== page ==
What Can a Landlord Do With Belongings Abandoned By a Former Tenant?
There Are Very Specific Rules Regarding the Rights and Duties of a Landlord When Disposing of Abandoned Belongings of a Former Tenant Which Differ Whether the Tenant Vacated the Rental Unit or Abandoned the Rental Unit.
Understanding When a Landlord May Treat Belongings of a Tenant As Abandoned Without Liability Risk
When a tenant moves out of a rental unit, it is rather common for the tenant to leave some unwanted belongings. In such circumstances, If the tenant did, legally, vacate the rental unit and unwanted belongings, subject to conditions, the landlord is then permitted to assume, sell, or dispose, of the belongings.
Prior to treating the belongings of a tenant as abandoned, a landlord must first ensure that the rental unit is indeed vacated or legally deemed abandoned. When evaluating whether a rental unit is abandoned, the first concern to review is whether the tenant is in arrears of rent. Where the tenant is current with rent, the landlord is unable to treat the rental unit as abandoned; and accordingly, the landlord is unable to treat any belongings within the rental unit (including any storage unit) as abandoned. This interpretation is stated within the Residential Tenancies Act, 2006, S.O. 2006, Chapter 17 at section 2(3) which states:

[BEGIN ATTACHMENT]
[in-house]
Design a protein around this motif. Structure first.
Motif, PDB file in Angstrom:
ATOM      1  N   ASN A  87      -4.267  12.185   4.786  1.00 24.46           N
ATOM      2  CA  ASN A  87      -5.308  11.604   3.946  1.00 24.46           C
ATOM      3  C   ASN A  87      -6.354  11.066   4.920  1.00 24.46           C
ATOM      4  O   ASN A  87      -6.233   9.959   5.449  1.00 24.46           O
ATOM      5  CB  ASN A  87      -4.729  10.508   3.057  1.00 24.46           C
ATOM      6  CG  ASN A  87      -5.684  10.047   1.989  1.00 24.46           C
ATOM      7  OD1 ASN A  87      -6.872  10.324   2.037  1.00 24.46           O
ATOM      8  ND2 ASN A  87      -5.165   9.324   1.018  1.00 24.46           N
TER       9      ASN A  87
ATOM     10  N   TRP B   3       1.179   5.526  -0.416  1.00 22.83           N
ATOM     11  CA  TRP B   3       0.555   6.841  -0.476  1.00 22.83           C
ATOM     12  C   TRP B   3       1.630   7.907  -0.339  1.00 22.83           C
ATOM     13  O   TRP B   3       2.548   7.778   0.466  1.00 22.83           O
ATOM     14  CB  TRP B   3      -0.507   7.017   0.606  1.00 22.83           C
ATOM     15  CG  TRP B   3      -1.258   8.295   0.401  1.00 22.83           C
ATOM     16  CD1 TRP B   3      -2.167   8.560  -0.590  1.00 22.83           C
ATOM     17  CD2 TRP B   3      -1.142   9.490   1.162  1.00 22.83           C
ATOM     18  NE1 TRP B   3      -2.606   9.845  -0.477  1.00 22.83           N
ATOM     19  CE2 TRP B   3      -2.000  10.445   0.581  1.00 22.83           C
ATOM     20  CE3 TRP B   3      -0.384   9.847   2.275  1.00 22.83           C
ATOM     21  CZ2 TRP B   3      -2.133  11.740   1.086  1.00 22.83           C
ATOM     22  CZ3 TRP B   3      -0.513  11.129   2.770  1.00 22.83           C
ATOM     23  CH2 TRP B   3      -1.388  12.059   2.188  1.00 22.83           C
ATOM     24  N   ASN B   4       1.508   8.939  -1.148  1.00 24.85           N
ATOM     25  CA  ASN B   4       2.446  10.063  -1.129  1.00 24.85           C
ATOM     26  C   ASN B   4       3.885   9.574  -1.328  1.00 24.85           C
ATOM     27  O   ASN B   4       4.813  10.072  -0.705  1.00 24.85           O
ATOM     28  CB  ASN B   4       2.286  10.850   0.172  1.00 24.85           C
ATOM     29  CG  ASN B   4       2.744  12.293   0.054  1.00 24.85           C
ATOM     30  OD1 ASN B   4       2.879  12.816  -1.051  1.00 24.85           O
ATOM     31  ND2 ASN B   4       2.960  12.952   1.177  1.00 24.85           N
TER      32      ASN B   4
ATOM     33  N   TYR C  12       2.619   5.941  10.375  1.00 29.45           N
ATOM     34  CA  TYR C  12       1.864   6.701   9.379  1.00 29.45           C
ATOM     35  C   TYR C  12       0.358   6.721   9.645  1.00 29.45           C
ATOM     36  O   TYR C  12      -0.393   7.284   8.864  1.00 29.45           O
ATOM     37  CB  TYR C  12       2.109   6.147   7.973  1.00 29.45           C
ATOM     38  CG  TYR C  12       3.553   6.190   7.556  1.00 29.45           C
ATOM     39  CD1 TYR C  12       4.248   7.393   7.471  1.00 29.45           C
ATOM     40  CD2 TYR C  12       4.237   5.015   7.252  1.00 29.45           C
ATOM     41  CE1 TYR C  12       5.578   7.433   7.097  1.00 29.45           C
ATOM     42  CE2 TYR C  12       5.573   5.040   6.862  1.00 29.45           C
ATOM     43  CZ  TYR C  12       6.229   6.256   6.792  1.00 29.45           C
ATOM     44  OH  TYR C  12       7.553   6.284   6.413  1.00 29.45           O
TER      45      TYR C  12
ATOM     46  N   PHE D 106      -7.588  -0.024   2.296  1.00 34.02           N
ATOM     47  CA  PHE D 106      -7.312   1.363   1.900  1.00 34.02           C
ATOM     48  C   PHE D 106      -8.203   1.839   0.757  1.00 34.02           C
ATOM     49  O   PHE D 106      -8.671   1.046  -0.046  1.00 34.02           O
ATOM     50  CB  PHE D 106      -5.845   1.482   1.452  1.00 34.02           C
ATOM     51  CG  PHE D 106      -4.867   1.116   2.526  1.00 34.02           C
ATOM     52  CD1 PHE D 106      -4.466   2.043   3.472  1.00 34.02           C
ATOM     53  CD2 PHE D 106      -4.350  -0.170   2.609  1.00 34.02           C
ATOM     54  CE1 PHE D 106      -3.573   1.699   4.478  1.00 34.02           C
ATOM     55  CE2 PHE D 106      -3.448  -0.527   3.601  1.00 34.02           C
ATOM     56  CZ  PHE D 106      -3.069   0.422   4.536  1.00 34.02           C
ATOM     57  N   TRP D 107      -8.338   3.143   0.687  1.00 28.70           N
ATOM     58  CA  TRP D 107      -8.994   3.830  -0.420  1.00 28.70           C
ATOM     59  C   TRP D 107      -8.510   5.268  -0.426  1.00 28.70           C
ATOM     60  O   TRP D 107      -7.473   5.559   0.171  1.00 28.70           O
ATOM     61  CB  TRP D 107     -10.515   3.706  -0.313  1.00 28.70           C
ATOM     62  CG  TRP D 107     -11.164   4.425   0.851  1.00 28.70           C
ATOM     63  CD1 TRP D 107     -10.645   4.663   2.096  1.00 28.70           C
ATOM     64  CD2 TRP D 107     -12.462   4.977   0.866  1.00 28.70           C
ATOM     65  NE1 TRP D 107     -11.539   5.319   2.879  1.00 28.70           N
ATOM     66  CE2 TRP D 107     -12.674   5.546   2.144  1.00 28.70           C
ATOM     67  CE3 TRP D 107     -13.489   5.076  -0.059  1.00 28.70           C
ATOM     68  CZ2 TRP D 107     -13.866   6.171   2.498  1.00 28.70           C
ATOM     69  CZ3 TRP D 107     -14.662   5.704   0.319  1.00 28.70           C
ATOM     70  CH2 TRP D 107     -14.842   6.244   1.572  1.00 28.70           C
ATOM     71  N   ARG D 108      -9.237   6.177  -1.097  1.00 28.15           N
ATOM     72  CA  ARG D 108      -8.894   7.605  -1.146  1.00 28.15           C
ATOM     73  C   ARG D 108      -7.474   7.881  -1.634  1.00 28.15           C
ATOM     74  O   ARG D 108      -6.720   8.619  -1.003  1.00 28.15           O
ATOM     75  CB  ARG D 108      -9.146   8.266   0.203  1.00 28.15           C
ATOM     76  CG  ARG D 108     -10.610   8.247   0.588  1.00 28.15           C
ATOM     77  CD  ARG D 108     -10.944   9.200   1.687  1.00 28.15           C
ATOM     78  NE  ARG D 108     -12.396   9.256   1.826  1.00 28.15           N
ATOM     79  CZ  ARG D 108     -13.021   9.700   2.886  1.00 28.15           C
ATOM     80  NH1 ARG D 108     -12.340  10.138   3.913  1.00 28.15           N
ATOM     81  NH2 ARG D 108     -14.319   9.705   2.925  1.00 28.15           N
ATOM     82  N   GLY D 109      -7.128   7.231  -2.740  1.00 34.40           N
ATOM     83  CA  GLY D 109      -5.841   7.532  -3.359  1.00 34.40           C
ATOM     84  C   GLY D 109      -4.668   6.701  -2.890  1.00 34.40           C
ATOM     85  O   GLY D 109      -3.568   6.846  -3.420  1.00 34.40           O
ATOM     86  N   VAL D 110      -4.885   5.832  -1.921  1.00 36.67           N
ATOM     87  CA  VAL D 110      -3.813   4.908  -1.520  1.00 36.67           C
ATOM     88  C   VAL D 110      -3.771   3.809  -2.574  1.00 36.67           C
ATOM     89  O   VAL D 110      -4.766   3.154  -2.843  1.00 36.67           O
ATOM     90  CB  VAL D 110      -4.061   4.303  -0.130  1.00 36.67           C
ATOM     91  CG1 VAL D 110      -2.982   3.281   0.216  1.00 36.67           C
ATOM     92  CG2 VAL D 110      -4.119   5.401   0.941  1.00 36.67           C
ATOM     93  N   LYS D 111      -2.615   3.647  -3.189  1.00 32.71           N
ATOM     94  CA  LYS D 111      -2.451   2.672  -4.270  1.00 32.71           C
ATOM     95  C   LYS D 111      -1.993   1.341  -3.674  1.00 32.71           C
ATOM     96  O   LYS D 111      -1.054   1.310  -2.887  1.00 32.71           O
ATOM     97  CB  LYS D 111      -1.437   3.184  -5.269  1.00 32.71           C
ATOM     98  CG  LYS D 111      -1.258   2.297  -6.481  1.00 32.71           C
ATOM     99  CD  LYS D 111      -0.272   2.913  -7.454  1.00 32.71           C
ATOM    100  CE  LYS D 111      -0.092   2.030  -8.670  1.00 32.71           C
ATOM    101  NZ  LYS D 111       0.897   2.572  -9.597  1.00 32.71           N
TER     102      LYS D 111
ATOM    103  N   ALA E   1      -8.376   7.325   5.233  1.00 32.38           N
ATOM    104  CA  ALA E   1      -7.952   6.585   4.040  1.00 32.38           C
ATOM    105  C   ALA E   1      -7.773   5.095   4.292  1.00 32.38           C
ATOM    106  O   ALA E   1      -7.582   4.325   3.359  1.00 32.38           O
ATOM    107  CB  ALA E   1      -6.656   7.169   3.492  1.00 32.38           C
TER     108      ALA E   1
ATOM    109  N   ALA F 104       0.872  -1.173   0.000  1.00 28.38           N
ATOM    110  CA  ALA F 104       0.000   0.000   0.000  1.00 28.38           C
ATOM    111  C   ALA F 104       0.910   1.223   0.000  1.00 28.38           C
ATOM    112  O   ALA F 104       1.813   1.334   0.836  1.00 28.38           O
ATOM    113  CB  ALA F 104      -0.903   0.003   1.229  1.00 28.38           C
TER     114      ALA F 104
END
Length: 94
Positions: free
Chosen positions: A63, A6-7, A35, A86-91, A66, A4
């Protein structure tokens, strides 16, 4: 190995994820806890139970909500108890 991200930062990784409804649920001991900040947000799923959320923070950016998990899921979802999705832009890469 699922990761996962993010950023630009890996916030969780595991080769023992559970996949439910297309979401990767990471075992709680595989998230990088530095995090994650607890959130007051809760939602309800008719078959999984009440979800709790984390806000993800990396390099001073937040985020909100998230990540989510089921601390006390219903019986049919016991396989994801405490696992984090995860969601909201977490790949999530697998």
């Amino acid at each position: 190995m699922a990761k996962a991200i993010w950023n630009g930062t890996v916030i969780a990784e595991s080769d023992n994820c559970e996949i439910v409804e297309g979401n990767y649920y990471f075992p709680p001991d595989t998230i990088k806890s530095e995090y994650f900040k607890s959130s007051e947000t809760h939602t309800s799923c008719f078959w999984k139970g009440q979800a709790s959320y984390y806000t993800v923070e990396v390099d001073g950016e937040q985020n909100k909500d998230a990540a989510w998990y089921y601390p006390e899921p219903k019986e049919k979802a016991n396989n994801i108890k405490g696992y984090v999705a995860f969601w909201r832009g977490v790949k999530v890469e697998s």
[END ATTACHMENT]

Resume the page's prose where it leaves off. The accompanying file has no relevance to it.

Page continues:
2 (3) For the purposes of this Act, a tenant has not abandoned a rental unit if the tenant is not in arrears of rent.
Applicable Rules When Premises Vacated With Items Abandoned
Only in circumstances where a tenant genuinely vacated the rental unit and abandoned various belongings does the law permit the landlord to assume the belongings and either use, sell, or dispose of, the belongings. The applicable circumstances are stated at section 41 of the Residential Tenancies Act, 2006 which states:
41 (1) A landlord may sell, retain for the landlord’s own use or otherwise dispose of property in a rental unit or the residential complex if the rental unit has been vacated in accordance with,
(a) a notice of termination of the landlord or the tenant;
(b) an agreement between the landlord and the tenant to terminate the tenancy;
(c) subsection 93 (2); or
(d) an order of the Board terminating the tenancy or evicting the tenant.